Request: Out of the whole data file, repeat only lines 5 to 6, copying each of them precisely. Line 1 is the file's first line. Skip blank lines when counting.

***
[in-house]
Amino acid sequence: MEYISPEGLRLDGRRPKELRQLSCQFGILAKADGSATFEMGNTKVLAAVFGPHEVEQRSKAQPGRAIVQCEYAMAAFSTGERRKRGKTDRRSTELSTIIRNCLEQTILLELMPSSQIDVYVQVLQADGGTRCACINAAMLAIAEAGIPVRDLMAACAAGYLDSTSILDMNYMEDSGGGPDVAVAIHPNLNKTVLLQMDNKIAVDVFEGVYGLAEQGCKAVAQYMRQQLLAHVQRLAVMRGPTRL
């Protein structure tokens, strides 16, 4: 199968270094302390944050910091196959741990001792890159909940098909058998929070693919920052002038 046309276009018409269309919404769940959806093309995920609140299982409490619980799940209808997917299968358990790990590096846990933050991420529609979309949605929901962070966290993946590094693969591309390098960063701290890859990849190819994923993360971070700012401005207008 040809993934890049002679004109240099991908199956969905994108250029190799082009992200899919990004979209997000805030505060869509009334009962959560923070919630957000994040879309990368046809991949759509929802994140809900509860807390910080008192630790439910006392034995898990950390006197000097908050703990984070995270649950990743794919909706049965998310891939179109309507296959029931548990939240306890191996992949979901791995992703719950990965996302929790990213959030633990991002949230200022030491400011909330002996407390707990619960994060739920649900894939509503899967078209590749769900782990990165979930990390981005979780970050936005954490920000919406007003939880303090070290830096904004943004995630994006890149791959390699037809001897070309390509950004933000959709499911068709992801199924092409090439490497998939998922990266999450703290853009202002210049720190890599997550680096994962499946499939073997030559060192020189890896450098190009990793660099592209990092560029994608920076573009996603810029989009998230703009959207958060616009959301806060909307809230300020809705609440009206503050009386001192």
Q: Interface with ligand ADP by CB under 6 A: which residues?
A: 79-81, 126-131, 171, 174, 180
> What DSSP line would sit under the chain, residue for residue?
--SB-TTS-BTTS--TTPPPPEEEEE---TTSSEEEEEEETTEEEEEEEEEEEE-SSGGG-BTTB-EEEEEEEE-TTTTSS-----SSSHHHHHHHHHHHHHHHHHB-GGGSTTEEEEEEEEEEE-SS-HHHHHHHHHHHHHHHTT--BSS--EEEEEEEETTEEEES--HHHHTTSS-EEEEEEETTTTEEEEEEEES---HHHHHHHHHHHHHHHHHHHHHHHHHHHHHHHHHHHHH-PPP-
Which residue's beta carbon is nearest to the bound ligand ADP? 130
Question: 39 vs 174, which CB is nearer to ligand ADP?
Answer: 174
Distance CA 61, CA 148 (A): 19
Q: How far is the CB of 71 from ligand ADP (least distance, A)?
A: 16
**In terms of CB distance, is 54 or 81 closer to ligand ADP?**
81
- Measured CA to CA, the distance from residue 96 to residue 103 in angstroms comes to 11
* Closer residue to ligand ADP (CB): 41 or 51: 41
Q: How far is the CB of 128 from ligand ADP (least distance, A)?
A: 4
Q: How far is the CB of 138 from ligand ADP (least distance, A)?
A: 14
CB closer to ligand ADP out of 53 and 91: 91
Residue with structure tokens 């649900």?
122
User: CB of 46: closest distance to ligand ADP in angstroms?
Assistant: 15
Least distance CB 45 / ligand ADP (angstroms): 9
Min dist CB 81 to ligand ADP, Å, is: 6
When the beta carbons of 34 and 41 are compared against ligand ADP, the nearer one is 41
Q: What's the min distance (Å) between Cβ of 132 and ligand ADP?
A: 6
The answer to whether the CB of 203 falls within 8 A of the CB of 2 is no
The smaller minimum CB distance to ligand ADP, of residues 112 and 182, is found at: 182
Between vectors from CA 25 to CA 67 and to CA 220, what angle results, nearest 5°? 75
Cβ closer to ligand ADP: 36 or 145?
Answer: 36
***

A: 79-81, 126-131, 171, 174, 180
> What DSSP line would sit under the chain, residue for residue?